In its current Early Access form, Holodeck is certainly an impressive tool but it’s what Nvidia plans to do with it over the coming years that makes it truly transformative.
Creators can import all their model data created in Maya or 3dsMax, meaning an architect could virtually explore a space before it even exists. It would let designers collaborate with architects to bring a building to life for a client, or an automotive manufacturer could do away with costly clay models and wind tunnel testing.
Interestingly, NASA already uses VR for training, but it sees the potential of Nvidia’s technology to help improve its design and development teams collaboration efforts.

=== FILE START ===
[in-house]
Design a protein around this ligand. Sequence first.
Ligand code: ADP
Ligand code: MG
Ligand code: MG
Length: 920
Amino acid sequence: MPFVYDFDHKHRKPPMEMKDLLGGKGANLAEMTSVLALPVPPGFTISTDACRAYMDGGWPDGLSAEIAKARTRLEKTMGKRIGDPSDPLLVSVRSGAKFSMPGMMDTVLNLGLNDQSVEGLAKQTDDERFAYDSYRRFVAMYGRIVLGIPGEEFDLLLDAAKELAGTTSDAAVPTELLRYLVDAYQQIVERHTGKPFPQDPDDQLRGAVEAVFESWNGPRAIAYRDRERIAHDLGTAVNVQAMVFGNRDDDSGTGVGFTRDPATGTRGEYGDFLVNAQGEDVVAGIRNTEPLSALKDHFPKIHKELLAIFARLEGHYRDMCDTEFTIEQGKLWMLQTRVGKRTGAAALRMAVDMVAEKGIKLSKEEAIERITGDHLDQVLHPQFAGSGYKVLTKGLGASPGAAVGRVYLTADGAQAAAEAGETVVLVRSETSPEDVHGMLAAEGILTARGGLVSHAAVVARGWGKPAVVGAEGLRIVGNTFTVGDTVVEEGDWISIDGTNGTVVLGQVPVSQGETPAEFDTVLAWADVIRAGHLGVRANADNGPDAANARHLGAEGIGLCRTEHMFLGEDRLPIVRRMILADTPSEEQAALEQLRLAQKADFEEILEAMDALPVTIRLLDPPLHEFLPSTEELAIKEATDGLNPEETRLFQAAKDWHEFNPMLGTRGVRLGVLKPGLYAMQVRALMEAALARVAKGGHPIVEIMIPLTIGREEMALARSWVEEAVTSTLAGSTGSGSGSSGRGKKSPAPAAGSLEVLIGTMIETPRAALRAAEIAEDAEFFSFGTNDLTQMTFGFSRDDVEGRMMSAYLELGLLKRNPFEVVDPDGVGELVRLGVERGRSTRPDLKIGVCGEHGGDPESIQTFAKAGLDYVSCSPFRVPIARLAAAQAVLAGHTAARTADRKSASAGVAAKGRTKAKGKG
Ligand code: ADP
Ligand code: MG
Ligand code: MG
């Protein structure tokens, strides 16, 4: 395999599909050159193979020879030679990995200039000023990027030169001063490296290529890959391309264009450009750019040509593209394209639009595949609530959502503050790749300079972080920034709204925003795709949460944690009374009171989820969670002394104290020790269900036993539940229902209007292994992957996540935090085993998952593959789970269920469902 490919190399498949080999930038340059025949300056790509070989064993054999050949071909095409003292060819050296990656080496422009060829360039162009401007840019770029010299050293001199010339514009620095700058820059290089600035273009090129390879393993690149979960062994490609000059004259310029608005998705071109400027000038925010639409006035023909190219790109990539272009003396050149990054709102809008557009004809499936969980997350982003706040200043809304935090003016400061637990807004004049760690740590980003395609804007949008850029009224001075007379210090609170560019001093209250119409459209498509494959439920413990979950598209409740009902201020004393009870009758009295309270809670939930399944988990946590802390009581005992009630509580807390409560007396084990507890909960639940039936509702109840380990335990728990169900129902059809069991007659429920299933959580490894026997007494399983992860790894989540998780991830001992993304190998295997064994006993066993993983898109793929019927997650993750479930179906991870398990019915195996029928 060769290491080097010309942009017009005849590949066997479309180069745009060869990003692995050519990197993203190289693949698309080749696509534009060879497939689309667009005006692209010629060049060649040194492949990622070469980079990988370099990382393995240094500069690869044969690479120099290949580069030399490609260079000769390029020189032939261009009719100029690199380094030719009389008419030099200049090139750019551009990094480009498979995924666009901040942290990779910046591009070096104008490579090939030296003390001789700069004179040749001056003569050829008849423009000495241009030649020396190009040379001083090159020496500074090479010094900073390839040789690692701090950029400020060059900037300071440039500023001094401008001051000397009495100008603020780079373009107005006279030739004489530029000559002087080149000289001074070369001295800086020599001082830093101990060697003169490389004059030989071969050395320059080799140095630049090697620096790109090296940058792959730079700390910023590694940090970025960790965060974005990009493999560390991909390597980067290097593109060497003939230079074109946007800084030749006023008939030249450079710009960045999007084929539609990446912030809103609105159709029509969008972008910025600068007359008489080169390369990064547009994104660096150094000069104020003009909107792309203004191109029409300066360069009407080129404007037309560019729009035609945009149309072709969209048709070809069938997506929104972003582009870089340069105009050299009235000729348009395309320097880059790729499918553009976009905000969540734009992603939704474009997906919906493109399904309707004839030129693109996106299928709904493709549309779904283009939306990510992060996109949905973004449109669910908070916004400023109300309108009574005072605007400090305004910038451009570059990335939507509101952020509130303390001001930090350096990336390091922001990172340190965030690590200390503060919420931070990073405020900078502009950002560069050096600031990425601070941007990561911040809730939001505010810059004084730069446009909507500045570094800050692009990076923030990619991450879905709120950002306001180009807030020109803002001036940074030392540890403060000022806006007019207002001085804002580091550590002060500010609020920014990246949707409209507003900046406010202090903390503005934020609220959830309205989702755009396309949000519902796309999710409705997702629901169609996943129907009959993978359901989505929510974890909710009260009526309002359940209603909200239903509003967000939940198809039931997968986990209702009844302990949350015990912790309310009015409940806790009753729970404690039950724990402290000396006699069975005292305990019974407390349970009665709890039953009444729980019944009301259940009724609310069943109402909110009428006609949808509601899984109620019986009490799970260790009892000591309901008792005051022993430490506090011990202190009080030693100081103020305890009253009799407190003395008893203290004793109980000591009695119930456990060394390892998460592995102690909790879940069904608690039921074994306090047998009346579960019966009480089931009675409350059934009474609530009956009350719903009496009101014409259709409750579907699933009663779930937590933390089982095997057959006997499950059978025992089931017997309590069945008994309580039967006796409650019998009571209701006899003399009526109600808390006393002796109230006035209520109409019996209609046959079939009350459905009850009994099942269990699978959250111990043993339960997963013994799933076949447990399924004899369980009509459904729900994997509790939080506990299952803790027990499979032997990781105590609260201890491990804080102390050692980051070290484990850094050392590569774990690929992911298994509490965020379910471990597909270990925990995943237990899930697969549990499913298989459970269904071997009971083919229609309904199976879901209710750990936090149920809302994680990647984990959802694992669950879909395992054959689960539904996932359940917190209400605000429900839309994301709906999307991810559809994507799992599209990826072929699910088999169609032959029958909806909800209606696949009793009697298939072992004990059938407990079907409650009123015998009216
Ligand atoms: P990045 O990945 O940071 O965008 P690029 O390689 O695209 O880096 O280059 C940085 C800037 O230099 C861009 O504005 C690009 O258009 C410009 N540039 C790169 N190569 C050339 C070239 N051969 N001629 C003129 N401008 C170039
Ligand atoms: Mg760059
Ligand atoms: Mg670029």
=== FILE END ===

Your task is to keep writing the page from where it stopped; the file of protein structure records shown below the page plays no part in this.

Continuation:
“During our design process, teams of our engineers and scientists work together to imagine an idea, plan a design, create that model, experiment and test that solution, then take time to reiterate and improve the original — all steps that are crucial to mission success at NASA,” Frank Delgado, NASA’s head of Hybrid Reality Lab, said in a statement.
“With Holodeck, we will be able to clearly visualise our models, easily collaborate in a physically simulated environment, and review to ensure the efficiency and safety of our designs.”
NASA’s VR Lab space for training astronauts with virtual reality
Future updates will also include integration with Nvidia’s AI platforms, meaning AI assistants could occupy the space in their own virtual bodies, providing an extra pair of hands to help. The same assistive AI could complete rote tasks quickly and cleverly, allowing a small team of collaborators to work on something else in the virtual space, safe in the knowledge that the AI is tying up all the loose ends.